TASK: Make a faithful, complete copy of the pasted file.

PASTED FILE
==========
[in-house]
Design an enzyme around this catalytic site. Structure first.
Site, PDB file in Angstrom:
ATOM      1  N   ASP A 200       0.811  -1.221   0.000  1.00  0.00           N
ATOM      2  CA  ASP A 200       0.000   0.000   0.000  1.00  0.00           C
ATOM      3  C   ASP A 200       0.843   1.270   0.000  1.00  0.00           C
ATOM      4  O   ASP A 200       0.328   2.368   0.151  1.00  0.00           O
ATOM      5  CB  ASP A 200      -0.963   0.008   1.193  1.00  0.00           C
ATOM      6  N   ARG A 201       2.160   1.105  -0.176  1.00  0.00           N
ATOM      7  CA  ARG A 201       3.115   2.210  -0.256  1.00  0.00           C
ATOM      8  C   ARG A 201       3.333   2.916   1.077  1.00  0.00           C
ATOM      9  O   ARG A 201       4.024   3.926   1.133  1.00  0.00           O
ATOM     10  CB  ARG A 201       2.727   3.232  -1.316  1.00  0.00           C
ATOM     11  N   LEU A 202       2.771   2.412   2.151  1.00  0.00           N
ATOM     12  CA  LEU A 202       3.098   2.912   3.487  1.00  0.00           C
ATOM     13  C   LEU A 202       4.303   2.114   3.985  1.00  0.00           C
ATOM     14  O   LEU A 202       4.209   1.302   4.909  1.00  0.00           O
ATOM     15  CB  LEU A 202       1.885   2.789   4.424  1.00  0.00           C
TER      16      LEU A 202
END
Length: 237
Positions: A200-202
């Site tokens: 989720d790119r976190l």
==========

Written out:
[in-house]
Design an enzyme around this catalytic site. Structure first.
Site, PDB file in Angstrom:
ATOM      1  N   ASP A 200       0.811  -1.221   0.000  1.00  0.00           N
ATOM      2  CA  ASP A 200       0.000   0.000   0.000  1.00  0.00           C
ATOM      3  C   ASP A 200       0.843   1.270   0.000  1.00  0.00           C
ATOM      4  O   ASP A 200       0.328   2.368   0.151  1.00  0.00           O
ATOM      5  CB  ASP A 200      -0.963   0.008   1.193  1.00  0.00           C
ATOM      6  N   ARG A 201       2.160   1.105  -0.176  1.00  0.00           N
ATOM      7  CA  ARG A 201       3.115   2.210  -0.256  1.00  0.00           C
ATOM      8  C   ARG A 201       3.333   2.916   1.077  1.00  0.00           C
ATOM      9  O   ARG A 201       4.024   3.926   1.133  1.00  0.00           O
ATOM     10  CB  ARG A 201       2.727   3.232  -1.316  1.00  0.00           C
ATOM     11  N   LEU A 202       2.771   2.412   2.151  1.00  0.00           N
ATOM     12  CA  LEU A 202       3.098   2.912   3.487  1.00  0.00           C
ATOM     13  C   LEU A 202       4.303   2.114   3.985  1.00  0.00           C
ATOM     14  O   LEU A 202       4.209   1.302   4.909  1.00  0.00           O
ATOM     15  CB  LEU A 202       1.885   2.789   4.424  1.00  0.00           C
TER      16      LEU A 202
END
Length: 237
Positions: A200-202
């Site tokens: 989720d790119r976190l």